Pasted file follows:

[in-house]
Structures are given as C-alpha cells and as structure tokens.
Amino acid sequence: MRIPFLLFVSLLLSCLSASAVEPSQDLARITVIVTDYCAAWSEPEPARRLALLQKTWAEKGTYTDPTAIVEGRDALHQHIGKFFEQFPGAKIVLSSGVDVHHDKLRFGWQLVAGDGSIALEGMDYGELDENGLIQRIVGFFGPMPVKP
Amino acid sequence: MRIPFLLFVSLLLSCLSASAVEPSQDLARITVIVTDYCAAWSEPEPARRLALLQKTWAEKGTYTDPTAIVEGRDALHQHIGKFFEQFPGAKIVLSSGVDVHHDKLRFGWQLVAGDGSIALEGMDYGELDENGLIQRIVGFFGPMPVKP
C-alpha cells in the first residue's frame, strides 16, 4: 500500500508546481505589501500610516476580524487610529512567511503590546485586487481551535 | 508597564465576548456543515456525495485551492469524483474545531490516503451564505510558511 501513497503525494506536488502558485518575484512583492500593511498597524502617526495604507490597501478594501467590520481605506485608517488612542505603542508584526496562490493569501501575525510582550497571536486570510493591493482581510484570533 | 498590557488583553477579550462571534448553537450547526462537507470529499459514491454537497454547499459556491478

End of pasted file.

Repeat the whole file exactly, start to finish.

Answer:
[in-house]
Structures are given as C-alpha cells and as structure tokens.
Amino acid sequence: MRIPFLLFVSLLLSCLSASAVEPSQDLARITVIVTDYCAAWSEPEPARRLALLQKTWAEKGTYTDPTAIVEGRDALHQHIGKFFEQFPGAKIVLSSGVDVHHDKLRFGWQLVAGDGSIALEGMDYGELDENGLIQRIVGFFGPMPVKP
Amino acid sequence: MRIPFLLFVSLLLSCLSASAVEPSQDLARITVIVTDYCAAWSEPEPARRLALLQKTWAEKGTYTDPTAIVEGRDALHQHIGKFFEQFPGAKIVLSSGVDVHHDKLRFGWQLVAGDGSIALEGMDYGELDENGLIQRIVGFFGPMPVKP
C-alpha cells in the first residue's frame, strides 16, 4: 500500500508546481505589501500610516476580524487610529512567511503590546485586487481551535 | 508597564465576548456543515456525495485551492469524483474545531490516503451564505510558511 501513497503525494506536488502558485518575484512583492500593511498597524502617526495604507490597501478594501467590520481605506485608517488612542505603542508584526496562490493569501501575525510582550497571536486570510493591493482581510484570533 | 498590557488583553477579550462571534448553537450547526462537507470529499459514491454537497454547499459556491478